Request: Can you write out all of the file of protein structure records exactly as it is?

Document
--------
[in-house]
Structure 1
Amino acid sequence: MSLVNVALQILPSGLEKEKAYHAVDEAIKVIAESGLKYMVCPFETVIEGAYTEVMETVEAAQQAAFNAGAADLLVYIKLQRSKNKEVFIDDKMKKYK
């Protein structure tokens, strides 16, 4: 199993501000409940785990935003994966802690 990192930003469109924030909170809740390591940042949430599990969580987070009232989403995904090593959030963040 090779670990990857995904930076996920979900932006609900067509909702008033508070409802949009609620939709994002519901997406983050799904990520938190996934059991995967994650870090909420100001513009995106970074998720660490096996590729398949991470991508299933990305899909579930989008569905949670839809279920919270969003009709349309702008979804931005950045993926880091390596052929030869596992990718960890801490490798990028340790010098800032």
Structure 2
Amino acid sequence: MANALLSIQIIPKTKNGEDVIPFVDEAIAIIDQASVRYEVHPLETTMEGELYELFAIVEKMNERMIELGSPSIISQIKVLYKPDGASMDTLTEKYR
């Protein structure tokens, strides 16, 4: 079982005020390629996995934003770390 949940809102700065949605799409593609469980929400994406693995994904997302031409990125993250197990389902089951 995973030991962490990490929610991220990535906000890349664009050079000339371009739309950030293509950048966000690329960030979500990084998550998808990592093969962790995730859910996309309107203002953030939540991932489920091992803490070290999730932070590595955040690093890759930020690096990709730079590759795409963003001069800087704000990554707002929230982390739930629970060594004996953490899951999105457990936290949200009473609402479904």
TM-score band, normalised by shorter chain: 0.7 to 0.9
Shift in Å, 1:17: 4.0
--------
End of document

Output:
[in-house]
Structure 1
Amino acid sequence: MSLVNVALQILPSGLEKEKAYHAVDEAIKVIAESGLKYMVCPFETVIEGAYTEVMETVEAAQQAAFNAGAADLLVYIKLQRSKNKEVFIDDKMKKYK
């Protein structure tokens, strides 16, 4: 199993501000409940785990935003994966802690 990192930003469109924030909170809740390591940042949430599990969580987070009232989403995904090593959030963040 090779670990990857995904930076996920979900932006609900067509909702008033508070409802949009609620939709994002519901997406983050799904990520938190996934059991995967994650870090909420100001513009995106970074998720660490096996590729398949991470991508299933990305899909579930989008569905949670839809279920919270969003009709349309702008979804931005950045993926880091390596052929030869596992990718960890801490490798990028340790010098800032």
Structure 2
Amino acid sequence: MANALLSIQIIPKTKNGEDVIPFVDEAIAIIDQASVRYEVHPLETTMEGELYELFAIVEKMNERMIELGSPSIISQIKVLYKPDGASMDTLTEKYR
């Protein structure tokens, strides 16, 4: 079982005020390629996995934003770390 949940809102700065949605799409593609469980929400994406693995994904997302031409990125993250197990389902089951 995973030991962490990490929610991220990535906000890349664009050079000339371009739309950030293509950048966000690329960030979500990084998550998808990592093969962790995730859910996309309107203002953030939540991932489920091992803490070290999730932070590595955040690093890759930020690096990709730079590759795409963003001069800087704000990554707002929230982390739930629970060594004996953490899951999105457990936290949200009473609402479904």
TM-score band, normalised by shorter chain: 0.7 to 0.9
Shift in Å, 1:17: 4.0